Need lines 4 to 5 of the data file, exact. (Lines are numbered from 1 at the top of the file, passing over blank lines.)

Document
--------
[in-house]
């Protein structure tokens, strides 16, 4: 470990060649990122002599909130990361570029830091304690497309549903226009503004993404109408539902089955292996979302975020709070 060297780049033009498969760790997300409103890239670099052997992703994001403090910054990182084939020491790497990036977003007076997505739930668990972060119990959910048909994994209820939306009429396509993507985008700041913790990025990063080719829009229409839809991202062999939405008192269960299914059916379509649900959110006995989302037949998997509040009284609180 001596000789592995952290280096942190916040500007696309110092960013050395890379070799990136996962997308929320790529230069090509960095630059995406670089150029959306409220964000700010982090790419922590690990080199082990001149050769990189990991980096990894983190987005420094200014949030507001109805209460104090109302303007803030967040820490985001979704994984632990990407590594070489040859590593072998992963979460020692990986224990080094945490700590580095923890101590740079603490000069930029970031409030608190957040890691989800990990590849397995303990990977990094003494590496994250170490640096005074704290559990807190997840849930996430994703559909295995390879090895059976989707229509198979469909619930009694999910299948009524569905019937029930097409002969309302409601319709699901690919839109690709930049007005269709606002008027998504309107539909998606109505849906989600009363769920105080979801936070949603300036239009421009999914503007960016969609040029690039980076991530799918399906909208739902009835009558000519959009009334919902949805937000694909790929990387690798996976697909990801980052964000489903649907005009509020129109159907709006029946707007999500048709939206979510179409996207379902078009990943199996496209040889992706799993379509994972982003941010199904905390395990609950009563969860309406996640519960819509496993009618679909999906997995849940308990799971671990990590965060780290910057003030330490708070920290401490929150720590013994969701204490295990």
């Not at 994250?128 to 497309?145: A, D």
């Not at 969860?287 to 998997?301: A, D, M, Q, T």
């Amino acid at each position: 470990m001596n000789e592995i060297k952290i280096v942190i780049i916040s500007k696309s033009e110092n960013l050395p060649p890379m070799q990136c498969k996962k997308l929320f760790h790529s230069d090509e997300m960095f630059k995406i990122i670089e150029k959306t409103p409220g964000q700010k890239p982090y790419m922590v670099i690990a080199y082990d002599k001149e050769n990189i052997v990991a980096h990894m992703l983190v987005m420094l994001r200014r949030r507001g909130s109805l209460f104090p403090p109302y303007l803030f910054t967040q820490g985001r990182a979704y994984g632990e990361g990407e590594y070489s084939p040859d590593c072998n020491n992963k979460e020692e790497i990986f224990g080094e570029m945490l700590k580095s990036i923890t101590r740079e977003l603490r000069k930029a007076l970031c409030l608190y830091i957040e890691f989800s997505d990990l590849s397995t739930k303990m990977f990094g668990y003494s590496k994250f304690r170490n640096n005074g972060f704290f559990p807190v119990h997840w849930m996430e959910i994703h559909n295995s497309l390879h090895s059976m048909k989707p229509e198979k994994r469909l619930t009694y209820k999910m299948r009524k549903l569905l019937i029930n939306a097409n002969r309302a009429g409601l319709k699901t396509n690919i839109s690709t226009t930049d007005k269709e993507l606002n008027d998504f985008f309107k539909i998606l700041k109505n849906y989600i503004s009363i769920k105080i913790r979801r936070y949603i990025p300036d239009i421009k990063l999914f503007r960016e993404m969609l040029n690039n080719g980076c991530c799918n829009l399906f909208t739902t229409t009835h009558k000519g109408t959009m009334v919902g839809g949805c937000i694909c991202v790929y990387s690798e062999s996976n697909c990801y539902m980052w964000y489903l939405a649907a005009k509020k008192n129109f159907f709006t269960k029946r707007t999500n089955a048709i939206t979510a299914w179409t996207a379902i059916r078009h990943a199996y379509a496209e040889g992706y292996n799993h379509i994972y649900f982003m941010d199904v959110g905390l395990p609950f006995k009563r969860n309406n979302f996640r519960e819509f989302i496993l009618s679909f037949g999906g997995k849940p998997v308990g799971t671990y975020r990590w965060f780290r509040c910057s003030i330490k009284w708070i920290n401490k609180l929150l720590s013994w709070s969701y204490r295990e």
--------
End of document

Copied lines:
């Not at 969860?287 to 998997?301: A, D, M, Q, T």
């Amino acid at each position: 470990m001596n000789e592995i060297k952290i280096v942190i780049i916040s500007k696309s033009e110092n960013l050395p060649p890379m070799q990136c498969k996962k997308l929320f760790h790529s230069d090509e997300m960095f630059k995406i990122i670089e150029k959306t409103p409220g964000q700010k890239p982090y790419m922590v670099i690990a080199y082990d002599k001149e050769n990189i052997v990991a980096h990894m992703l983190v987005m420094l994001r200014r949030r507001g909130s109805l209460f104090p403090p109302y303007l803030f910054t967040q820490g985001r990182a979704y994984g632990e990361g990407e590594y070489s084939p040859d590593c072998n020491n992963k979460e020692e790497i990986f224990g080094e570029m945490l700590k580095s990036i923890t101590r740079e977003l603490r000069k930029a007076l970031c409030l608190y830091i957040e890691f989800s997505d990990l590849s397995t739930k303990m990977f990094g668990y003494s590496k994250f304690r170490n640096n005074g972060f704290f559990p807190v119990h997840w849930m996430e959910i994703h559909n295995s497309l390879h090895s059976m048909k989707p229509e198979k994994r469909l619930t009694y209820k999910m299948r009524k549903l569905l019937i029930n939306a097409n002969r309302a009429g409601l319709k699901t396509n690919i839109s690709t226009t930049d007005k269709e993507l606002n008027d998504f985008f309107k539909i998606l700041k109505n849906y989600i503004s009363i769920k105080i913790r979801r936070y949603i990025p300036d239009i421009k990063l999914f503007r960016e993404m969609l040029n690039n080719g980076c991530c799918n829009l399906f909208t739902t229409t009835h009558k000519g109408t959009m009334v919902g839809g949805c937000i694909c991202v790929y990387s690798e062999s996976n697909c990801y539902m980052w964000y489903l939405a649907a005009k509020k008192n129109f159907f709006t269960k029946r707007t999500n089955a048709i939206t979510a299914w179409t996207a379902i059916r078009h990943a199996y379509a496209e040889g992706y292996n799993h379509i994972y649900f982003m941010d199904v959110g905390l395990p609950f006995k009563r969860n309406n979302f996640r519960e819509f989302i496993l009618s679909f037949g999906g997995k849940p998997v308990g799971t671990y975020r990590w965060f780290r509040c910057s003030i330490k009284w708070i920290n401490k609180l929150l720590s013994w709070s969701y204490r295990e």